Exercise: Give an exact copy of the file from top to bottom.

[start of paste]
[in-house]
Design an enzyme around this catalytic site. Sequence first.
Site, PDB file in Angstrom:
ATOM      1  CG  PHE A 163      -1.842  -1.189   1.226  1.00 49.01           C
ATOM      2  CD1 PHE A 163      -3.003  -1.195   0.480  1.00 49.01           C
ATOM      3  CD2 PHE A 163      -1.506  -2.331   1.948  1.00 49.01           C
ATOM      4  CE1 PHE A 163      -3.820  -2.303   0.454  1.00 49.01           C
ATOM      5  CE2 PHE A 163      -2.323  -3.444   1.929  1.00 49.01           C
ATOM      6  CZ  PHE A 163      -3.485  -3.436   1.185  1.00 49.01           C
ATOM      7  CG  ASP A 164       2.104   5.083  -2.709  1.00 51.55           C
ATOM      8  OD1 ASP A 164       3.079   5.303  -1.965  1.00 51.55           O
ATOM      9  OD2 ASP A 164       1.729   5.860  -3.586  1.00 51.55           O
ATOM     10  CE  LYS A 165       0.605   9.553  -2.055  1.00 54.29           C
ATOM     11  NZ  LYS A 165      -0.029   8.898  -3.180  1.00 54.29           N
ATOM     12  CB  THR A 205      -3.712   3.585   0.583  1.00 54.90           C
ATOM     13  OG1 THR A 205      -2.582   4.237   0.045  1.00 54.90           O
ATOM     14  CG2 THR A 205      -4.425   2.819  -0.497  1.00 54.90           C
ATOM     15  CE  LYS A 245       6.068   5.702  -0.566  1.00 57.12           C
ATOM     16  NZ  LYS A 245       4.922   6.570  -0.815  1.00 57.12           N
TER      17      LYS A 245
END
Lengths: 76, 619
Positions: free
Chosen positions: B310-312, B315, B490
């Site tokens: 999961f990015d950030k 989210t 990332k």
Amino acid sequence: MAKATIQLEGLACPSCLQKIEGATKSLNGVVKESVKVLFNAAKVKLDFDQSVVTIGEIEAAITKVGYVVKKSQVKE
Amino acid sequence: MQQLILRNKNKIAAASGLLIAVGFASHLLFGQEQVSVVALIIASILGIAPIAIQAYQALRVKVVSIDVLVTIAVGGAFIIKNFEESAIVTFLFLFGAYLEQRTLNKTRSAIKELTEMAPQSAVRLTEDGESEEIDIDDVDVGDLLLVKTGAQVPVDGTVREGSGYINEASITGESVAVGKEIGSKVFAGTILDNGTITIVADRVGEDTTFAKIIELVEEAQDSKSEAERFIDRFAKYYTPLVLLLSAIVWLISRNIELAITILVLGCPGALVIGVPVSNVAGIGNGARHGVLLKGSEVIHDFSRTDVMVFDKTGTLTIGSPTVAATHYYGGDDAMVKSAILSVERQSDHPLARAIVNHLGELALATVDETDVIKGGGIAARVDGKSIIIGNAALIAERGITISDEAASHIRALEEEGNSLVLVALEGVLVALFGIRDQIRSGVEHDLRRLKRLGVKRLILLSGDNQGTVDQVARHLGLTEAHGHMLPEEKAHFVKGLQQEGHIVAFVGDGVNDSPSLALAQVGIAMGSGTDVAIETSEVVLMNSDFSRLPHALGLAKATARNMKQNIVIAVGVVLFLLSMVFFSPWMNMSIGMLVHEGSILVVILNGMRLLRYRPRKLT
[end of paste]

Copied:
[in-house]
Design an enzyme around this catalytic site. Sequence first.
Site, PDB file in Angstrom:
ATOM      1  CG  PHE A 163      -1.842  -1.189   1.226  1.00 49.01           C
ATOM      2  CD1 PHE A 163      -3.003  -1.195   0.480  1.00 49.01           C
ATOM      3  CD2 PHE A 163      -1.506  -2.331   1.948  1.00 49.01           C
ATOM      4  CE1 PHE A 163      -3.820  -2.303   0.454  1.00 49.01           C
ATOM      5  CE2 PHE A 163      -2.323  -3.444   1.929  1.00 49.01           C
ATOM      6  CZ  PHE A 163      -3.485  -3.436   1.185  1.00 49.01           C
ATOM      7  CG  ASP A 164       2.104   5.083  -2.709  1.00 51.55           C
ATOM      8  OD1 ASP A 164       3.079   5.303  -1.965  1.00 51.55           O
ATOM      9  OD2 ASP A 164       1.729   5.860  -3.586  1.00 51.55           O
ATOM     10  CE  LYS A 165       0.605   9.553  -2.055  1.00 54.29           C
ATOM     11  NZ  LYS A 165      -0.029   8.898  -3.180  1.00 54.29           N
ATOM     12  CB  THR A 205      -3.712   3.585   0.583  1.00 54.90           C
ATOM     13  OG1 THR A 205      -2.582   4.237   0.045  1.00 54.90           O
ATOM     14  CG2 THR A 205      -4.425   2.819  -0.497  1.00 54.90           C
ATOM     15  CE  LYS A 245       6.068   5.702  -0.566  1.00 57.12           C
ATOM     16  NZ  LYS A 245       4.922   6.570  -0.815  1.00 57.12           N
TER      17      LYS A 245
END
Lengths: 76, 619
Positions: free
Chosen positions: B310-312, B315, B490
């Site tokens: 999961f990015d950030k 989210t 990332k």
Amino acid sequence: MAKATIQLEGLACPSCLQKIEGATKSLNGVVKESVKVLFNAAKVKLDFDQSVVTIGEIEAAITKVGYVVKKSQVKE
Amino acid sequence: MQQLILRNKNKIAAASGLLIAVGFASHLLFGQEQVSVVALIIASILGIAPIAIQAYQALRVKVVSIDVLVTIAVGGAFIIKNFEESAIVTFLFLFGAYLEQRTLNKTRSAIKELTEMAPQSAVRLTEDGESEEIDIDDVDVGDLLLVKTGAQVPVDGTVREGSGYINEASITGESVAVGKEIGSKVFAGTILDNGTITIVADRVGEDTTFAKIIELVEEAQDSKSEAERFIDRFAKYYTPLVLLLSAIVWLISRNIELAITILVLGCPGALVIGVPVSNVAGIGNGARHGVLLKGSEVIHDFSRTDVMVFDKTGTLTIGSPTVAATHYYGGDDAMVKSAILSVERQSDHPLARAIVNHLGELALATVDETDVIKGGGIAARVDGKSIIIGNAALIAERGITISDEAASHIRALEEEGNSLVLVALEGVLVALFGIRDQIRSGVEHDLRRLKRLGVKRLILLSGDNQGTVDQVARHLGLTEAHGHMLPEEKAHFVKGLQQEGHIVAFVGDGVNDSPSLALAQVGIAMGSGTDVAIETSEVVLMNSDFSRLPHALGLAKATARNMKQNIVIAVGVVLFLLSMVFFSPWMNMSIGMLVHEGSILVVILNGMRLLRYRPRKLT